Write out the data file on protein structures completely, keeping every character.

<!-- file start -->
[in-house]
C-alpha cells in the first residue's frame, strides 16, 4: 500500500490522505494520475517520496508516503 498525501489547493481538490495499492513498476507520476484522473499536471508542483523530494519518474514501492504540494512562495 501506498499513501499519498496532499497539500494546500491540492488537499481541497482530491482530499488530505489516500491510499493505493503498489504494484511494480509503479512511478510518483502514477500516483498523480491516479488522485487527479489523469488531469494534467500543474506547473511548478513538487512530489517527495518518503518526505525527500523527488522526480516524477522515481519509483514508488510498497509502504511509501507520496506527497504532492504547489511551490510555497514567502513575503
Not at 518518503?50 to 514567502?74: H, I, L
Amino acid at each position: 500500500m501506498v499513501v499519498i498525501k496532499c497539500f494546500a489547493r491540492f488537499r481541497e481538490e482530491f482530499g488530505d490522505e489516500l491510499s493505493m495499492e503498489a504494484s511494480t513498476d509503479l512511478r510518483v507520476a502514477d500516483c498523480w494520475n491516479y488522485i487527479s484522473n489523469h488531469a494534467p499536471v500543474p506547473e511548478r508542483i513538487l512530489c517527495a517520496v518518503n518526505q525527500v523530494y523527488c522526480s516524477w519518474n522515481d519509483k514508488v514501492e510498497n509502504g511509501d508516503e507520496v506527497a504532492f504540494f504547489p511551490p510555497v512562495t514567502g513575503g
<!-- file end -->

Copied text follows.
[in-house]
C-alpha cells in the first residue's frame, strides 16, 4: 500500500490522505494520475517520496508516503 498525501489547493481538490495499492513498476507520476484522473499536471508542483523530494519518474514501492504540494512562495 501506498499513501499519498496532499497539500494546500491540492488537499481541497482530491482530499488530505489516500491510499493505493503498489504494484511494480509503479512511478510518483502514477500516483498523480491516479488522485487527479489523469488531469494534467500543474506547473511548478513538487512530489517527495518518503518526505525527500523527488522526480516524477522515481519509483514508488510498497509502504511509501507520496506527497504532492504547489511551490510555497514567502513575503
Not at 518518503?50 to 514567502?74: H, I, L
Amino acid at each position: 500500500m501506498v499513501v499519498i498525501k496532499c497539500f494546500a489547493r491540492f488537499r481541497e481538490e482530491f482530499g488530505d490522505e489516500l491510499s493505493m495499492e503498489a504494484s511494480t513498476d509503479l512511478r510518483v507520476a502514477d500516483c498523480w494520475n491516479y488522485i487527479s484522473n489523469h488531469a494534467p499536471v500543474p506547473e511548478r508542483i513538487l512530489c517527495a517520496v518518503n518526505q525527500v523530494y523527488c522526480s516524477w519518474n522515481d519509483k514508488v514501492e510498497n509502504g511509501d508516503e507520496v506527497a504532492f504540494f504547489p511551490p510555497v512562495t514567502g513575503g